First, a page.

Counteracting Ransomware


Ransomware attacks present an escalating threat to global security, one which threatens a broad range of organisations ranging from government agencies to small businesses. Driven by an increasingly interconnected IoT landscape and the use of outdated or legacy systems, ransomware poses a growing threat to Australia’s critical infrastructure – including the healthcare, financial services, transportation, IT, and energy sectors.

What is ransomware?

Ransomware is a common type of malware deployed by malicious actors in data breaches. It involves a malicious actor infiltrating the victims’ systems and encrypting data held on their systems, preventing its owners from accessing their data and paralysing business operations.

The malicious actor then issues a ransom, demanding that the victim pay in exchange for the promise of providing a decryption key, which then enables the victim to decrypt and regain access to their data. The means by which threat actors delivery ransomware varies:

  • Messages with malicious links and email attachments;
  • Phishing;
  • Remote desktop protocol brute forcing;
  • Malicious websites and drive-by downloads; and
  • System and software vulnerabilities.

Such ransoms are typically requested by the malicious actor in the form of cryptocurrency, allowing the malicious actor to remain anonymous. The malicious actor may attach a time limit to the ransom payment to create a sense of urgency. If the malicious actor’s ransomware attack also involved the exfiltration of data, they may attach a promise not to leak the victim’s data in exchange for payment.

Essentially, ransomware is someone taking your data hostage.

Impacts of ransomware

The threat of ransomware has gained increasing traction over the past decade, especially following the notorious 2017 WannaCry ransomware attacks which impacted 230,000 computers across 150 countries, costing an estimated $4 billion in damages.

According to the most recent Notifiable Data Breaches Report by the Office of the Australian Information Commissioner (OAIC) (July – December 2023), ransomware was the cause of 27% of cyber security incidents that resulted in a data breach. However, there remains poor visibility of ransomware in Australia, which is costing the Australian economy up to $3 billion every year.

Government Strategy

There have been repeated, though unsuccessful, attempts to introduce ransomware-specific legislation. The first was the Ransomware Payments Bill 20211, a private member’s bill introduced by then-shadow Minister for Cyber Tim Watts MP which unsuccessfully proposed to legislate a reporting scheme for ransomware payments. This was followed by the introduction of the Crimes Legislation Amendment (Ransomware Action Plan) Bill 2022 in February 20222, and repeated reintroduction of the item as a private member’s bill in September 20223; both of which failed to pass.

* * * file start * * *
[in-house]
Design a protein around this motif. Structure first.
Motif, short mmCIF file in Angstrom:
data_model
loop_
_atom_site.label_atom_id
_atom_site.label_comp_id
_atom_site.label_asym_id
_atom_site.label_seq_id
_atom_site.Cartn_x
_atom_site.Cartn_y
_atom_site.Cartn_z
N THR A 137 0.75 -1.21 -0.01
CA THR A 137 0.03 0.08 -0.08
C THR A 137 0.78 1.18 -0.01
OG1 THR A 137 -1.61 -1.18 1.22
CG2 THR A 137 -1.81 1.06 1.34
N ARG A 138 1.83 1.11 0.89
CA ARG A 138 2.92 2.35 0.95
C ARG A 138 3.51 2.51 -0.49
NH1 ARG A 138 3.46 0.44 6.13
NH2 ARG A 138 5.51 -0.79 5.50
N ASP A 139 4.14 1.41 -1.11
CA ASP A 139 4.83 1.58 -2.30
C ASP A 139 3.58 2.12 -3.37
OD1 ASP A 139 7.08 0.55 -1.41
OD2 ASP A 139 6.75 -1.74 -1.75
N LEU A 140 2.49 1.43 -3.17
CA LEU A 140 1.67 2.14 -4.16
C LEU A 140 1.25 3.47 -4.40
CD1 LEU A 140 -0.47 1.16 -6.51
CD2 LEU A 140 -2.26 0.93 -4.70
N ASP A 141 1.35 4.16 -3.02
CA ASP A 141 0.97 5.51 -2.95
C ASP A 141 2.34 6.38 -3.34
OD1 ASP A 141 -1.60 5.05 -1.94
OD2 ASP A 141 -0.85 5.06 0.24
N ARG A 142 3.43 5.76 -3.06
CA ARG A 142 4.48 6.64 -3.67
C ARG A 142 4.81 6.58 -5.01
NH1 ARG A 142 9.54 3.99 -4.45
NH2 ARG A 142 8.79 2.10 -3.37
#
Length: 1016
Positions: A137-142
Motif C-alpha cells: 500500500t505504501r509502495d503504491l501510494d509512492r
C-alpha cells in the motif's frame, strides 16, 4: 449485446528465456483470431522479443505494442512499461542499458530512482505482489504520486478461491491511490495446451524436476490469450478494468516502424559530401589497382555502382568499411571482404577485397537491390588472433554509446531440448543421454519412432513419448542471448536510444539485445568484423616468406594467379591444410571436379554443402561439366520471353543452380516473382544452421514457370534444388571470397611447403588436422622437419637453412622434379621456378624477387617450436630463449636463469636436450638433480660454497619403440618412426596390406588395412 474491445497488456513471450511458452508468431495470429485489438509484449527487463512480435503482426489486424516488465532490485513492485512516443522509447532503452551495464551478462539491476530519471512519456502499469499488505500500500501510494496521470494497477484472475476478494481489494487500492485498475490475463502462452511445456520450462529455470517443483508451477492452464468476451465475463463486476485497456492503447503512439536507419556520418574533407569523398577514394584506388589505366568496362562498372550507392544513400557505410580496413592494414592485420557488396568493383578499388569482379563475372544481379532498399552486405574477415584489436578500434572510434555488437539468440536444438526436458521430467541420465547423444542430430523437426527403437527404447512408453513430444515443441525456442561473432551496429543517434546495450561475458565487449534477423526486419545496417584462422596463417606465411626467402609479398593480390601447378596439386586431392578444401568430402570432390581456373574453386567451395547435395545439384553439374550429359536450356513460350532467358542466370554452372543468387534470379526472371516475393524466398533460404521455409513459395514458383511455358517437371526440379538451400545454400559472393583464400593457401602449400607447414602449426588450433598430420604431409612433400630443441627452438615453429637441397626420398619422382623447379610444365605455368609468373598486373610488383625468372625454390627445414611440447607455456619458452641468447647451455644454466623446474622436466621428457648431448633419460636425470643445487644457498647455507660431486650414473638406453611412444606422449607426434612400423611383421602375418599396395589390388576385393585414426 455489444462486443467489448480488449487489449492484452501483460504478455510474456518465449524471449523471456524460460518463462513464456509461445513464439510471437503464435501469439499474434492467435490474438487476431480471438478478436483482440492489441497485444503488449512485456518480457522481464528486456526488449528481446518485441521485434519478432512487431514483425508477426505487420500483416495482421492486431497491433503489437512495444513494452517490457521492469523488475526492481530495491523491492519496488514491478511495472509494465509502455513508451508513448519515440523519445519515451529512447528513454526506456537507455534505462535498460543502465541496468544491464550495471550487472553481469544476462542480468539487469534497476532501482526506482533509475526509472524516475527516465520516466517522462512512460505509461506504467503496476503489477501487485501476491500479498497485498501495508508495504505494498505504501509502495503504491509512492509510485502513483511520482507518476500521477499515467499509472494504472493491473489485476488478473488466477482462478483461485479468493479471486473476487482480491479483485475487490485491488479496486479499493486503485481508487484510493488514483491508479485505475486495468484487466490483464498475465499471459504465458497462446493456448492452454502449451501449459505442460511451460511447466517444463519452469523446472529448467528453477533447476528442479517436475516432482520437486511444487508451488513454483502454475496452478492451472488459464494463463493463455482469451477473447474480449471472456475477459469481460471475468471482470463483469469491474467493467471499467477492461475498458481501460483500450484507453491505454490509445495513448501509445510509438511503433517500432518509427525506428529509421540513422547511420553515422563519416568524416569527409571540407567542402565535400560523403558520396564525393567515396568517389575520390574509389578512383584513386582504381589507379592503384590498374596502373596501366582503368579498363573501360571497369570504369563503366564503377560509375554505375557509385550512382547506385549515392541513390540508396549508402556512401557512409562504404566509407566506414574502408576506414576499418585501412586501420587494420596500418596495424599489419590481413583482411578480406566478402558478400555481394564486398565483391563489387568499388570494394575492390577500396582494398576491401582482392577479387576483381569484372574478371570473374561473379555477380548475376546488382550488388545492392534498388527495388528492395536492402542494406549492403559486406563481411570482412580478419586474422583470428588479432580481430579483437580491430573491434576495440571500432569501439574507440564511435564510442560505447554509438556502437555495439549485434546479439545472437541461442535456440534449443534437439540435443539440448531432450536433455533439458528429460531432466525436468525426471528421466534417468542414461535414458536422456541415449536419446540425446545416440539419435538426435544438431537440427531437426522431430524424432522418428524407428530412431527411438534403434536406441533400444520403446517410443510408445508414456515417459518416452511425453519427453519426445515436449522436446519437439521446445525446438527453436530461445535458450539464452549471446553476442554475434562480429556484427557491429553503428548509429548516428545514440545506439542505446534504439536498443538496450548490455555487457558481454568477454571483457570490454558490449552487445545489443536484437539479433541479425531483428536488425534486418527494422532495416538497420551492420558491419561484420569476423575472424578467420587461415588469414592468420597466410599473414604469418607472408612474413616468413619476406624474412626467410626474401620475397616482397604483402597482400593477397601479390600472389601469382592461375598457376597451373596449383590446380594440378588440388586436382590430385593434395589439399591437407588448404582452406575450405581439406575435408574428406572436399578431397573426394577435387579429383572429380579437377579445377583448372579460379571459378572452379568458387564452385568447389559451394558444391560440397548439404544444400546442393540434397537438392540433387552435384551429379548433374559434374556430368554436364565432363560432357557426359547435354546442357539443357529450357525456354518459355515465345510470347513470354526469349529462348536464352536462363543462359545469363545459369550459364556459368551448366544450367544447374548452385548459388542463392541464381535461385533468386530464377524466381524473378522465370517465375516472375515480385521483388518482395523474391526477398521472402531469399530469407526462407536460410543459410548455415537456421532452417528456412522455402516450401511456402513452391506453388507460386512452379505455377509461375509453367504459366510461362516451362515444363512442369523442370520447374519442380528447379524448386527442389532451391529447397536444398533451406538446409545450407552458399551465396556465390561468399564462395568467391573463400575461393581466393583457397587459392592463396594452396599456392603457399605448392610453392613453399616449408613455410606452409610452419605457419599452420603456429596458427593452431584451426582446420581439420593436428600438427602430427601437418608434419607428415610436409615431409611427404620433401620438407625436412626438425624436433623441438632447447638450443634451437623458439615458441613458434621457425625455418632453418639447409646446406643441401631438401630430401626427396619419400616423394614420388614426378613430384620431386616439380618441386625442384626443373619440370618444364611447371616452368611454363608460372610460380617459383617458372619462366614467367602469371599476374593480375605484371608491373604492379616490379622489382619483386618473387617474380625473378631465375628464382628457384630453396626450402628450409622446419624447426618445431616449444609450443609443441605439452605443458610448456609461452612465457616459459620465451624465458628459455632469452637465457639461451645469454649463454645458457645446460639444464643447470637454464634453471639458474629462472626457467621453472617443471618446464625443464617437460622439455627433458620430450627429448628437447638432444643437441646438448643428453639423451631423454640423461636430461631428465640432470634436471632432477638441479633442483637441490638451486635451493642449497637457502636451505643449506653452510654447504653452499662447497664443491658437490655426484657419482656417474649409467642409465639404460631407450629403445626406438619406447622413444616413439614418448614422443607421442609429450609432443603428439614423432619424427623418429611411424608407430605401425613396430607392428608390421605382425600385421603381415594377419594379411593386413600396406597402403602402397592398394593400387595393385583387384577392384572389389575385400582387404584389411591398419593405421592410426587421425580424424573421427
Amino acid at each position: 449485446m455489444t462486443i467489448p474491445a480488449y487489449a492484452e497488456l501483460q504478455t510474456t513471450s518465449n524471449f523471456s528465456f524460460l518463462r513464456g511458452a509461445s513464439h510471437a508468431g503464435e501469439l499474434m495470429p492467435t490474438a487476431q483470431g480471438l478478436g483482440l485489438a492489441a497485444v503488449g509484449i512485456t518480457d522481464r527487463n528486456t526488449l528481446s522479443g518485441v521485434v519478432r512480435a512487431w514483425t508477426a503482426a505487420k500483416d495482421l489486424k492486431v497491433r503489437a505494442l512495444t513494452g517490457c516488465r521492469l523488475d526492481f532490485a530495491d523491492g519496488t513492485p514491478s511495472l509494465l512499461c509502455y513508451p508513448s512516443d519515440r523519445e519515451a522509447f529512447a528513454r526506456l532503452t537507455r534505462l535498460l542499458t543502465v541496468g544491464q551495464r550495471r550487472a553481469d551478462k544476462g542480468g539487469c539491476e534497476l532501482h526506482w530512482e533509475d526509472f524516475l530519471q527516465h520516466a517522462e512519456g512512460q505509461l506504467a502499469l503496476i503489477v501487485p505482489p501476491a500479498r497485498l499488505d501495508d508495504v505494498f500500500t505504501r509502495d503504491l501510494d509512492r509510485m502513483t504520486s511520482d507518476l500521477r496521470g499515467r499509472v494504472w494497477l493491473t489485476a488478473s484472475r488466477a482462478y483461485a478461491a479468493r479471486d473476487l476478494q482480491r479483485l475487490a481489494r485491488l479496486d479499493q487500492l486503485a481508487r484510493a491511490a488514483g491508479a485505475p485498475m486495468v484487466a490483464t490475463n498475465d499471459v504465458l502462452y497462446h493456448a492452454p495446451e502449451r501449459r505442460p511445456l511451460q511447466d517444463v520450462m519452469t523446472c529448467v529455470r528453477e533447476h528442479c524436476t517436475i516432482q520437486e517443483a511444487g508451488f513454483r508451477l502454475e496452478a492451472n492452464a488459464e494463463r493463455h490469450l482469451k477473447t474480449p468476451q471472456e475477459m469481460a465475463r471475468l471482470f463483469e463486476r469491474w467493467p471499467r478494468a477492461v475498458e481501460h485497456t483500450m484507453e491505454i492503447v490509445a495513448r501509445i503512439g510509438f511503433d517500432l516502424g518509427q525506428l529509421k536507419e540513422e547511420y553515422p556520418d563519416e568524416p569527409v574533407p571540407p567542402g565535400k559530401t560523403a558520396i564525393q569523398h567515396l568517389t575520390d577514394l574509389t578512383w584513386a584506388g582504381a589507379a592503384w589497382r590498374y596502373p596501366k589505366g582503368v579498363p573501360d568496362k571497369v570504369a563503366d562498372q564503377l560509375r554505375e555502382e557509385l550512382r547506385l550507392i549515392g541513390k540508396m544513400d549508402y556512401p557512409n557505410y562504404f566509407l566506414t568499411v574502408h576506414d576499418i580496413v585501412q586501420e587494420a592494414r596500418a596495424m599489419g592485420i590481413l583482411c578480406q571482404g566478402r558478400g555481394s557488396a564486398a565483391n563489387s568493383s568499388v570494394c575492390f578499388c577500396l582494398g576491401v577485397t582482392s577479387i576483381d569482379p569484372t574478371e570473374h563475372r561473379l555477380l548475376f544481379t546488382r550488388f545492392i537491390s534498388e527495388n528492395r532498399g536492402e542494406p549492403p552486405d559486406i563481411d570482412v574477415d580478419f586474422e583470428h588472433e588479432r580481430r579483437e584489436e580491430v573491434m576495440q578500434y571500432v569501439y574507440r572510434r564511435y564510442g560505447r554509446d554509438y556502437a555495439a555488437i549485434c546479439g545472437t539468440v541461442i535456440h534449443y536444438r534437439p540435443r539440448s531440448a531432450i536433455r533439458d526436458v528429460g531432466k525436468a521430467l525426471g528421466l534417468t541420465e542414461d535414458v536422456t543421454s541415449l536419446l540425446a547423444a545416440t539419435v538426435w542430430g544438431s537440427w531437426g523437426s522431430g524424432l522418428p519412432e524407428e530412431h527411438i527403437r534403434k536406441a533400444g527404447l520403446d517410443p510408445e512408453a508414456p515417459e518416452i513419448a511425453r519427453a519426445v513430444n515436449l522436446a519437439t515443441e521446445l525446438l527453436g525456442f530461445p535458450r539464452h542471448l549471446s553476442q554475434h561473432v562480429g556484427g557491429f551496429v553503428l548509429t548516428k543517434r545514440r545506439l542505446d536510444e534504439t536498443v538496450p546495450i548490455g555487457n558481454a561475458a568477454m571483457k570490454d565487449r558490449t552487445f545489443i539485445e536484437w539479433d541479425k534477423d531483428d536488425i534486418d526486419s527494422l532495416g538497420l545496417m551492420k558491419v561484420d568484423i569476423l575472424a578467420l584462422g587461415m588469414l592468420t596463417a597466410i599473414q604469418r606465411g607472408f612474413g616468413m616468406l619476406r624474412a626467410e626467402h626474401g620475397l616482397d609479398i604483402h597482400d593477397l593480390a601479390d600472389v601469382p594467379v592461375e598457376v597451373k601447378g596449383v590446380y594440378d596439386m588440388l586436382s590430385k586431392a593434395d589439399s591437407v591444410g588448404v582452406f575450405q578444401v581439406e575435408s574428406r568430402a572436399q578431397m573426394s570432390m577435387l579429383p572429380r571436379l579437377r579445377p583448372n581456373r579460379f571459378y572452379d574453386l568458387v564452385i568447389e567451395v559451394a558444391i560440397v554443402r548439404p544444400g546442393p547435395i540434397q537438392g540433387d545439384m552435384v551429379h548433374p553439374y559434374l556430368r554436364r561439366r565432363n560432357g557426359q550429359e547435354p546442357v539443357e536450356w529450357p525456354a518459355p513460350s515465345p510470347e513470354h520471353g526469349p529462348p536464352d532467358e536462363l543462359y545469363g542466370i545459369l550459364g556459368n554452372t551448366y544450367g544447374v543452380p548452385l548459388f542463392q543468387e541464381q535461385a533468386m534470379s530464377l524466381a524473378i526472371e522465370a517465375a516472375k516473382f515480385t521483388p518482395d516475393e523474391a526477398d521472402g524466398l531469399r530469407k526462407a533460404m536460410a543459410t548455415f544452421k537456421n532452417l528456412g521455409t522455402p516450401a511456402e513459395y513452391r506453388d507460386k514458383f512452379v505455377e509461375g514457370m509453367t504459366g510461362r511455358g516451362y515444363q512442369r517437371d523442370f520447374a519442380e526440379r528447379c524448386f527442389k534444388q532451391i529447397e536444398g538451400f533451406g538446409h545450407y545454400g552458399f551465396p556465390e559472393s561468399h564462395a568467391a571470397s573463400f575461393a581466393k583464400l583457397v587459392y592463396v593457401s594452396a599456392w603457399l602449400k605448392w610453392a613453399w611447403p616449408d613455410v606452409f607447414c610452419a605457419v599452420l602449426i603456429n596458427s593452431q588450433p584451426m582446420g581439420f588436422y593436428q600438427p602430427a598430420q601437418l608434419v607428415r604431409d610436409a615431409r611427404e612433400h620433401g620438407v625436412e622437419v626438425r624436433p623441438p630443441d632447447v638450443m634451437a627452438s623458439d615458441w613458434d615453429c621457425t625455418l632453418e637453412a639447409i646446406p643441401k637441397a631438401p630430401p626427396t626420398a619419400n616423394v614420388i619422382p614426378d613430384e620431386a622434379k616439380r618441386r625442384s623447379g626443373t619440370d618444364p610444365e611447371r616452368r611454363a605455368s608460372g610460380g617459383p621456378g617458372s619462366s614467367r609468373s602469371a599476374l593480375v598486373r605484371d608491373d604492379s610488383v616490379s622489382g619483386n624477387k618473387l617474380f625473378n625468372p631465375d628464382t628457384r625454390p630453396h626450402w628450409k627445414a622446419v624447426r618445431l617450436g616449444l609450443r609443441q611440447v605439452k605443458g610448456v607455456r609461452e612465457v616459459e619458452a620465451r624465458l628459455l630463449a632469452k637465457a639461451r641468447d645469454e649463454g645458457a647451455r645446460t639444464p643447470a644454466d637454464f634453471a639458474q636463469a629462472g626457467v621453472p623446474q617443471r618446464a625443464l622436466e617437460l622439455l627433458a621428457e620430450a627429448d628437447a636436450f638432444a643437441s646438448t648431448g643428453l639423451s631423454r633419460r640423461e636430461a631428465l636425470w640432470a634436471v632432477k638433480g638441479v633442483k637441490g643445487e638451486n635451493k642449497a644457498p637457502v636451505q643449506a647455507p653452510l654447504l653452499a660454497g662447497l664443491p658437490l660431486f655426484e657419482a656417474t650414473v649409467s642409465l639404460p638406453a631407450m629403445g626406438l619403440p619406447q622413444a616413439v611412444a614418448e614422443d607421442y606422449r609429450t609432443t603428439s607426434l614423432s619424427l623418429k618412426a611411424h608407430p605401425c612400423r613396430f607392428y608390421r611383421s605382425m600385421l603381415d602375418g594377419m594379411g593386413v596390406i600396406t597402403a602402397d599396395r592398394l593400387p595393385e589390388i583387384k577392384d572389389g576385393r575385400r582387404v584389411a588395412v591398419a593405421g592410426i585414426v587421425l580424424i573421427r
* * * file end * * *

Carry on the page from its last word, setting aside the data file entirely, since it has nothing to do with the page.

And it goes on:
On 13 October 2021, the Minister for Home Affairs released Australia’s Ransomware Action Plan (RAP)4. This noted the increasingly prevalent global threat of ransomware, committed to delivering additional legislative reforms to build the government’s situational awareness of the ransomware threat while further criminalising ransomware, and ensuring law enforcement can track, seize or freeze proceeds of crime from ransomware. Among its core proposals was the introduction of a specific mandatory ransomware incident reporting scheme.

On 22 November 2023, the Australian Government unveiled their 2023-2030 Australian Cyber Security Strategy (Cyber Security Strategy)5. The Cyber Security Strategy details how the Government plans to work with industry to reinforce Australia’s ‘cyber shields’ and make Australia a world leader in cyber security by 2030. Part of the Cyber Security Strategy is tackling the problem of ransomware. The government plans to work with industry to break the ransomware business model by:

  1. Enhancing visibility of the ransomware threat and possibly implementing a no-fault, no-liability ransomware reporting obligation for businesses.
  2. Providing clear guidance on how to respond to ransomware and strongly discouraging businesses from paying ransoms to cyber criminals – this is because there is no guarantee malicious actors will provide businesses with access to their information again or prevent the information from being leaked online.
  3. Driving global counter-ransomware operations through work with the International Counter Ransomware Taskforce.

Safeguarding against ransomware

To preclude any legal risks and liabilities, businesses and individuals are encouraged to implement the following ransomware protection measures:

  • Have an Incident Response Plan (IRP) – outlining organisational response to ransomware and cyber incidents;
  • Improve visibility – improving awareness of systems and data held by your organisation through routine audits and scoping your organisation’s cyber attack surface;
  • Implement backups – Engage in regular system and data backups;
  • Use multi-factor authentication – this helps deter potential threat actors;
  • Adjust access controls – apply least privilege in limiting access to resources for staff based on minimum needed for business operations; and
  • Education and training – Introducing phishing and social engineering training, and driving a cyber security conscious culture across the organisation.
  1. ParlInfo – Ransomware Payments Bill 2021 ( ↩︎
  2. Crimes Legislation Amendment (Ransomware Action Plan) Bill 2022 – Parliament of Australia ( ↩︎
  3. Crimes Legislation Amendment (Ransomware Action Plan) Bill 2022 – Parliament of Australia ( ↩︎
  4. Ransomware Action Plan ( ↩︎
  5. 2023-2030 Australian Cyber Security Strategy ( ↩︎

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